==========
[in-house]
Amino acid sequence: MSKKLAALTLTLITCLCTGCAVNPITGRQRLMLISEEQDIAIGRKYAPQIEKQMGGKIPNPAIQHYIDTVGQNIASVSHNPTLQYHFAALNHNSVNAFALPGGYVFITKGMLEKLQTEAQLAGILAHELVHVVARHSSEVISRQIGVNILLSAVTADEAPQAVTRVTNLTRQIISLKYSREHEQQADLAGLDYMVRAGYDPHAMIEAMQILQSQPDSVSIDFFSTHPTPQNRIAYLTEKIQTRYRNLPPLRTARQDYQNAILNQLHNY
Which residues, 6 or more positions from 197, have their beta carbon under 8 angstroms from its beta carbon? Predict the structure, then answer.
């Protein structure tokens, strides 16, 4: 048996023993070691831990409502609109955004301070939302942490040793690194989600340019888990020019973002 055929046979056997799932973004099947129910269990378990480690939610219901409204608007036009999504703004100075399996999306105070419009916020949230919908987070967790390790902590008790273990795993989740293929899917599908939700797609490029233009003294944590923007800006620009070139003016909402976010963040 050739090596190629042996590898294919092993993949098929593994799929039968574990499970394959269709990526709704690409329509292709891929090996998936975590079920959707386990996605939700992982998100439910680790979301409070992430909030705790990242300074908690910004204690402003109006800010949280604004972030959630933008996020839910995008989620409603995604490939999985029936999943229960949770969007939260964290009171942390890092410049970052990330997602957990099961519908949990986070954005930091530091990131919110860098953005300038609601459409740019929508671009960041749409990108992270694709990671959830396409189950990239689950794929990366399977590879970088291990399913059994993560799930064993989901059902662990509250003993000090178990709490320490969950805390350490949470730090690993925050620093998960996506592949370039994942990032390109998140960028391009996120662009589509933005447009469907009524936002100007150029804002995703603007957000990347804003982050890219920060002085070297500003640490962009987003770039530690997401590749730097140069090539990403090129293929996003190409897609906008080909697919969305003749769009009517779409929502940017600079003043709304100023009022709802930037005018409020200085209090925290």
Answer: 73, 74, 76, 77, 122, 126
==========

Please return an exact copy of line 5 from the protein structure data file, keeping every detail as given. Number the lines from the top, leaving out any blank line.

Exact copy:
Answer: 73, 74, 76, 77, 122, 126